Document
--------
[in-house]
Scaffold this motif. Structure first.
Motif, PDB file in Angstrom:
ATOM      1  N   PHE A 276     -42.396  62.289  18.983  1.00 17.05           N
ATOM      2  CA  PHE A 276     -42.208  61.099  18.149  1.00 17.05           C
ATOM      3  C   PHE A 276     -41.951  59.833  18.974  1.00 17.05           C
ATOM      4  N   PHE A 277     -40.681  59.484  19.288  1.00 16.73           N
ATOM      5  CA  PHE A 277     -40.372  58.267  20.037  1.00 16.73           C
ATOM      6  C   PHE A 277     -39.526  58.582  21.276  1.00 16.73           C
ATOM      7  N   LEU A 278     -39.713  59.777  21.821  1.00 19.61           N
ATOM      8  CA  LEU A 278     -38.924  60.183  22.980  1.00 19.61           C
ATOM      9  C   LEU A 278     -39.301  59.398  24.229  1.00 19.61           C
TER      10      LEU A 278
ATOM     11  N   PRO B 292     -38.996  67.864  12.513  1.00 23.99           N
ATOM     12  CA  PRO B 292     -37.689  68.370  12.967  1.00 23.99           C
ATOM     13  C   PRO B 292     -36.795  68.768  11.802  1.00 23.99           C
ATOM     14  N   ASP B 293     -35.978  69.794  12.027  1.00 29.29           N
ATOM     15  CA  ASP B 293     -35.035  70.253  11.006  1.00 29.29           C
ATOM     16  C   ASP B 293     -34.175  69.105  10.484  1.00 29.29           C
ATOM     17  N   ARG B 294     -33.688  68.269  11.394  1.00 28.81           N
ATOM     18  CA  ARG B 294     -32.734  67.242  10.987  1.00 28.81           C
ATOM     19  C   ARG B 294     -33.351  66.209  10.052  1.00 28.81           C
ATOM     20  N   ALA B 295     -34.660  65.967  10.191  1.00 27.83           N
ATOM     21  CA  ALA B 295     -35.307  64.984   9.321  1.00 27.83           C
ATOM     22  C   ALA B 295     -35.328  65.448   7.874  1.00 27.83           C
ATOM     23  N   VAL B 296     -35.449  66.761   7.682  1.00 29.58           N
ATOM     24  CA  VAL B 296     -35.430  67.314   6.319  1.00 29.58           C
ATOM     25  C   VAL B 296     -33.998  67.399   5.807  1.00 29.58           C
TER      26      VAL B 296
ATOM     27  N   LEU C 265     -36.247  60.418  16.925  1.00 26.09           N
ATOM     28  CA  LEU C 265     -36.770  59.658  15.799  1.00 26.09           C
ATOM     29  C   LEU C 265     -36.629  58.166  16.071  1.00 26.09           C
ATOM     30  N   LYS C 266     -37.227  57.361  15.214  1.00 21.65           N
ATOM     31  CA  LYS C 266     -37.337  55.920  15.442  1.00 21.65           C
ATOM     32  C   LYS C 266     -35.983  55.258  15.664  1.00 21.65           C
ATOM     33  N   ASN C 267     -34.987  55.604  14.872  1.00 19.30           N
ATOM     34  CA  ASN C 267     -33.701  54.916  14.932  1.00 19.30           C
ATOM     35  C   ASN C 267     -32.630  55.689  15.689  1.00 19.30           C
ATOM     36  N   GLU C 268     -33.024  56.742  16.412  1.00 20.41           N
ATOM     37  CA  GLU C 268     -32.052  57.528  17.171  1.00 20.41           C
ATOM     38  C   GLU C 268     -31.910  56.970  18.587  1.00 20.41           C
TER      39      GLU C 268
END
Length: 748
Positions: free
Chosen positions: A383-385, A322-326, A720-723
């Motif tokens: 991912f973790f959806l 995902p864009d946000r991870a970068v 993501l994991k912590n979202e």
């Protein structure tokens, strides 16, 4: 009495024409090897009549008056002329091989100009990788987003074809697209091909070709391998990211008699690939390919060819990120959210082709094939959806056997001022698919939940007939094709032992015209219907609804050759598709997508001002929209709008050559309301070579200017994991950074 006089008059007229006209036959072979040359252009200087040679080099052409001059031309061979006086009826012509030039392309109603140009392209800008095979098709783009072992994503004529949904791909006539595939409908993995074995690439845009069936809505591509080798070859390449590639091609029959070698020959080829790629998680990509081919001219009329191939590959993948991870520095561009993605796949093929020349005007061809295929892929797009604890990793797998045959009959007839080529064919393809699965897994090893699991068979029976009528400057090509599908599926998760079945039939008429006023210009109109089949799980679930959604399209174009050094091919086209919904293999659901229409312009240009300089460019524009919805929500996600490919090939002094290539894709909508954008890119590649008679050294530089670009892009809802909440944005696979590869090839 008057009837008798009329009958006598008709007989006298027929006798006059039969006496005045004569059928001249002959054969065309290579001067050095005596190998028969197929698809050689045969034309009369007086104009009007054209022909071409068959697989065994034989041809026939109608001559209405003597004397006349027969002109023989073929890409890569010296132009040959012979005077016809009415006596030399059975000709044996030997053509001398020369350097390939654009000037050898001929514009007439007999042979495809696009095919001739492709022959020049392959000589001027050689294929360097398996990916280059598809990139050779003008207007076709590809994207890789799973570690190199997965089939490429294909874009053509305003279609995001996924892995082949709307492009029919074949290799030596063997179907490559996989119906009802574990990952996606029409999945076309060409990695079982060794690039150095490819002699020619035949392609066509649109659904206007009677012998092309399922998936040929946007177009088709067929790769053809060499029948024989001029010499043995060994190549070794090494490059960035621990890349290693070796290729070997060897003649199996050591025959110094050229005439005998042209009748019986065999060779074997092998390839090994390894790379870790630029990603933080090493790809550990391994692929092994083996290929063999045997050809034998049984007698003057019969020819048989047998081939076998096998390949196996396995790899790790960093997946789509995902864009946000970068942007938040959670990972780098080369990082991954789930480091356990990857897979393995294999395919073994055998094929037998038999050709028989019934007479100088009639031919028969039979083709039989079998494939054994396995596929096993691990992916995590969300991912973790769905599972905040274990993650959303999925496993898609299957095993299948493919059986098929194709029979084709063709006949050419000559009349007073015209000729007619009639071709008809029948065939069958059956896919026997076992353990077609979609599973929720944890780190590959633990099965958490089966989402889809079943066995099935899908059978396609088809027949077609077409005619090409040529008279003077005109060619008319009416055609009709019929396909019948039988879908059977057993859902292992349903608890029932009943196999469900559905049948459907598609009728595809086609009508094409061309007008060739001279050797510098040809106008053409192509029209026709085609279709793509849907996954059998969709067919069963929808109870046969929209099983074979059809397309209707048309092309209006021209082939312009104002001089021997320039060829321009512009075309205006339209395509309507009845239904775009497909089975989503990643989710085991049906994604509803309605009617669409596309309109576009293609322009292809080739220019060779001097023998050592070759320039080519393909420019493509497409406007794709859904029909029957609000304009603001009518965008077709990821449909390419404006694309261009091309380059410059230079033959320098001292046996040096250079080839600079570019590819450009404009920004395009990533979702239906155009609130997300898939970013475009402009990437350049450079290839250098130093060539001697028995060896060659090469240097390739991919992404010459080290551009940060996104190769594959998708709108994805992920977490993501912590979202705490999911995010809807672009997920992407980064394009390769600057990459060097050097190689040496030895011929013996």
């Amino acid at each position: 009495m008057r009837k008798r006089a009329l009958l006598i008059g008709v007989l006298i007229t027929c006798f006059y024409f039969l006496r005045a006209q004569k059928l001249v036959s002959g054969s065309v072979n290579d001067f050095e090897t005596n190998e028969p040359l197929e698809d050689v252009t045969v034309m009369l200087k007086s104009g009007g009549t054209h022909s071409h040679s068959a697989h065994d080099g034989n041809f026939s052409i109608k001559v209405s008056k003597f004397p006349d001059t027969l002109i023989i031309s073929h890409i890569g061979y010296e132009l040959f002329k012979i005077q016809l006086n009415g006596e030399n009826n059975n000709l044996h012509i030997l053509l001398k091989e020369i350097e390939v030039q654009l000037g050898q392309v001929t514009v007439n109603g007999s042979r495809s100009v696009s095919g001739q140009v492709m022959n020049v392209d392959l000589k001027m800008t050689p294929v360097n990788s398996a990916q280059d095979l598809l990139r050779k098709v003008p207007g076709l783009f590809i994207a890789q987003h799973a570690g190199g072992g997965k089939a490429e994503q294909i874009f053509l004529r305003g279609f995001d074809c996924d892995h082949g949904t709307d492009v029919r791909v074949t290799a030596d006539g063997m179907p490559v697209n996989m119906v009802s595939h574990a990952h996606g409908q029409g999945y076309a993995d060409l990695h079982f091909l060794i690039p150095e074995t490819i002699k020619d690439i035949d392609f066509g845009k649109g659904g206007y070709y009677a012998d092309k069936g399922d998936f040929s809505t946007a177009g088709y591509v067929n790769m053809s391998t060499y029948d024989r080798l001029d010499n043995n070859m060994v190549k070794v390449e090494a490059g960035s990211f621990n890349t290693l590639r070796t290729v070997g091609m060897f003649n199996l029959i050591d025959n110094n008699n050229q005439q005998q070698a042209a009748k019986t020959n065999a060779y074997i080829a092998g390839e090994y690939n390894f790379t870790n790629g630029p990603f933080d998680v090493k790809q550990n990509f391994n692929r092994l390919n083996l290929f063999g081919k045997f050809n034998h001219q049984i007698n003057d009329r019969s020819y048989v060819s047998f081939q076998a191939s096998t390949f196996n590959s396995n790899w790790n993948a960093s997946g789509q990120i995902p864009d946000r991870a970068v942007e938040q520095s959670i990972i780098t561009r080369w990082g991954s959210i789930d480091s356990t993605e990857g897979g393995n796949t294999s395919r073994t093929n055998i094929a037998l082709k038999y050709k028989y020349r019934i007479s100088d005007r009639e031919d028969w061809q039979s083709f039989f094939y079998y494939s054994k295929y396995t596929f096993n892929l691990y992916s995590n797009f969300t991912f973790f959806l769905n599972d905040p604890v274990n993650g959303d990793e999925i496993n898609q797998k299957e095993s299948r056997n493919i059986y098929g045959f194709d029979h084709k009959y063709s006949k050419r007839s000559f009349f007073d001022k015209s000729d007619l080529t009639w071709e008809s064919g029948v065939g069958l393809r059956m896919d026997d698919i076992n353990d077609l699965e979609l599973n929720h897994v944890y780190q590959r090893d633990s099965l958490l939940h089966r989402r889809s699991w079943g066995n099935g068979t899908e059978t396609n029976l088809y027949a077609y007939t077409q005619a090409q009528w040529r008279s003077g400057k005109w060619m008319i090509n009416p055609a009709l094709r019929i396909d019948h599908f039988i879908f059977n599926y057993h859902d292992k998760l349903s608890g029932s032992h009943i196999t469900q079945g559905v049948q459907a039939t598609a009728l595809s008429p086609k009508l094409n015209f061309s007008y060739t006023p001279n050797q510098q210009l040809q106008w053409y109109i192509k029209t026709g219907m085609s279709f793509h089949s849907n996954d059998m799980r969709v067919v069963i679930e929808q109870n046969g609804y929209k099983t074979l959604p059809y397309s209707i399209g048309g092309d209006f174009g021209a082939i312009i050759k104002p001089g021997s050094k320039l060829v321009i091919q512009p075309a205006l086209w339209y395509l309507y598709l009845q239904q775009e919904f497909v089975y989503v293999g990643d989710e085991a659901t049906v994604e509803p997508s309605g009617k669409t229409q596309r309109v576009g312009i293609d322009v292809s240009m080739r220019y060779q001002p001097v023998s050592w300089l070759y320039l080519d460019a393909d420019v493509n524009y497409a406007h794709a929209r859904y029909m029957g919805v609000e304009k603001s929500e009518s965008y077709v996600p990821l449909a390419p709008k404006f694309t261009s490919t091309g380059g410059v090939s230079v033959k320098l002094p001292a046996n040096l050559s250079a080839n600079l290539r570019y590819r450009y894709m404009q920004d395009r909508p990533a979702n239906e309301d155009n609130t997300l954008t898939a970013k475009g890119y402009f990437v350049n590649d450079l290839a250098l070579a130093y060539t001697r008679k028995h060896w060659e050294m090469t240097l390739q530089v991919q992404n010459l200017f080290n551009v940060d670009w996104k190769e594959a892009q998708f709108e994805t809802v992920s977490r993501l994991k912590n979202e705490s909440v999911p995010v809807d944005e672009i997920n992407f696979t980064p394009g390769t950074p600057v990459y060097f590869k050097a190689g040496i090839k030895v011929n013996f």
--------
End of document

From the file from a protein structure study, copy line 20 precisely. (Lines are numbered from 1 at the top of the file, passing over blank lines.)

ATOM     17  N   ARG B 294     -33.688  68.269  11.394  1.00 28.81           N